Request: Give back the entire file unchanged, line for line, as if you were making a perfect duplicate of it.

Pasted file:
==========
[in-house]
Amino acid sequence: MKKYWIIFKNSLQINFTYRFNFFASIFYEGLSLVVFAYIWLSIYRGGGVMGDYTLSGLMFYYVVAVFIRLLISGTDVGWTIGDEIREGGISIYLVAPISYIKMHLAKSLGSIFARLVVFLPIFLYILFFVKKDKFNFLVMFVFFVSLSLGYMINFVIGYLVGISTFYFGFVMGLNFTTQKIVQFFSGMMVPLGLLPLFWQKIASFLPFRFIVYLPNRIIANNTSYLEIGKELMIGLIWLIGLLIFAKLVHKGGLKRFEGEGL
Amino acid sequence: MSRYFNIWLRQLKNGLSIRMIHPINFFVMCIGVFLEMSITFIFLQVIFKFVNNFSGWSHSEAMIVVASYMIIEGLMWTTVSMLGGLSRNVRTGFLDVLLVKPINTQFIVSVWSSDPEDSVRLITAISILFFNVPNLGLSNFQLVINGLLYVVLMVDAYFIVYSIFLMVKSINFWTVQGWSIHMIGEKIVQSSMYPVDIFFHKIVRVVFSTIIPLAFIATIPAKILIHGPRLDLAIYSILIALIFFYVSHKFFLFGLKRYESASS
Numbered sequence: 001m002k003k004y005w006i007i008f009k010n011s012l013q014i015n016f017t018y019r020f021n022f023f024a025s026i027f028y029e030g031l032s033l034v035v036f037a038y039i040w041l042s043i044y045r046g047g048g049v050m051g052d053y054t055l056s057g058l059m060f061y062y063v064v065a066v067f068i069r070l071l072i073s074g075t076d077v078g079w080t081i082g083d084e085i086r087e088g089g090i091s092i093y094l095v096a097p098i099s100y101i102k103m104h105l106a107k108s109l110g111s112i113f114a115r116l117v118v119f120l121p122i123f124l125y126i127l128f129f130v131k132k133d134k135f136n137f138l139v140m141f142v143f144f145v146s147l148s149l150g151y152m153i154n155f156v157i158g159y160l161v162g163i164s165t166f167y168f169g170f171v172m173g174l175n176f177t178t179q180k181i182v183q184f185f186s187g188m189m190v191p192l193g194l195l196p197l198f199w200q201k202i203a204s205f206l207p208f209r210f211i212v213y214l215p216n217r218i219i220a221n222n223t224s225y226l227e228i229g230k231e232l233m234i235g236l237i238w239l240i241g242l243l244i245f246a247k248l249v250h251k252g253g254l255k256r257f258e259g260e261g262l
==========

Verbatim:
[in-house]
Amino acid sequence: MKKYWIIFKNSLQINFTYRFNFFASIFYEGLSLVVFAYIWLSIYRGGGVMGDYTLSGLMFYYVVAVFIRLLISGTDVGWTIGDEIREGGISIYLVAPISYIKMHLAKSLGSIFARLVVFLPIFLYILFFVKKDKFNFLVMFVFFVSLSLGYMINFVIGYLVGISTFYFGFVMGLNFTTQKIVQFFSGMMVPLGLLPLFWQKIASFLPFRFIVYLPNRIIANNTSYLEIGKELMIGLIWLIGLLIFAKLVHKGGLKRFEGEGL
Amino acid sequence: MSRYFNIWLRQLKNGLSIRMIHPINFFVMCIGVFLEMSITFIFLQVIFKFVNNFSGWSHSEAMIVVASYMIIEGLMWTTVSMLGGLSRNVRTGFLDVLLVKPINTQFIVSVWSSDPEDSVRLITAISILFFNVPNLGLSNFQLVINGLLYVVLMVDAYFIVYSIFLMVKSINFWTVQGWSIHMIGEKIVQSSMYPVDIFFHKIVRVVFSTIIPLAFIATIPAKILIHGPRLDLAIYSILIALIFFYVSHKFFLFGLKRYESASS
Numbered sequence: 001m002k003k004y005w006i007i008f009k010n011s012l013q014i015n016f017t018y019r020f021n022f023f024a025s026i027f028y029e030g031l032s033l034v035v036f037a038y039i040w041l042s043i044y045r046g047g048g049v050m051g052d053y054t055l056s057g058l059m060f061y062y063v064v065a066v067f068i069r070l071l072i073s074g075t076d077v078g079w080t081i082g083d084e085i086r087e088g089g090i091s092i093y094l095v096a097p098i099s100y101i102k103m104h105l106a107k108s109l110g111s112i113f114a115r116l117v118v119f120l121p122i123f124l125y126i127l128f129f130v131k132k133d134k135f136n137f138l139v140m141f142v143f144f145v146s147l148s149l150g151y152m153i154n155f156v157i158g159y160l161v162g163i164s165t166f167y168f169g170f171v172m173g174l175n176f177t178t179q180k181i182v183q184f185f186s187g188m189m190v191p192l193g194l195l196p197l198f199w200q201k202i203a204s205f206l207p208f209r210f211i212v213y214l215p216n217r218i219i220a221n222n223t224s225y226l227e228i229g230k231e232l233m234i235g236l237i238w239l240i241g242l243l244i245f246a247k248l249v250h251k252g253g254l255k256r257f258e259g260e261g262l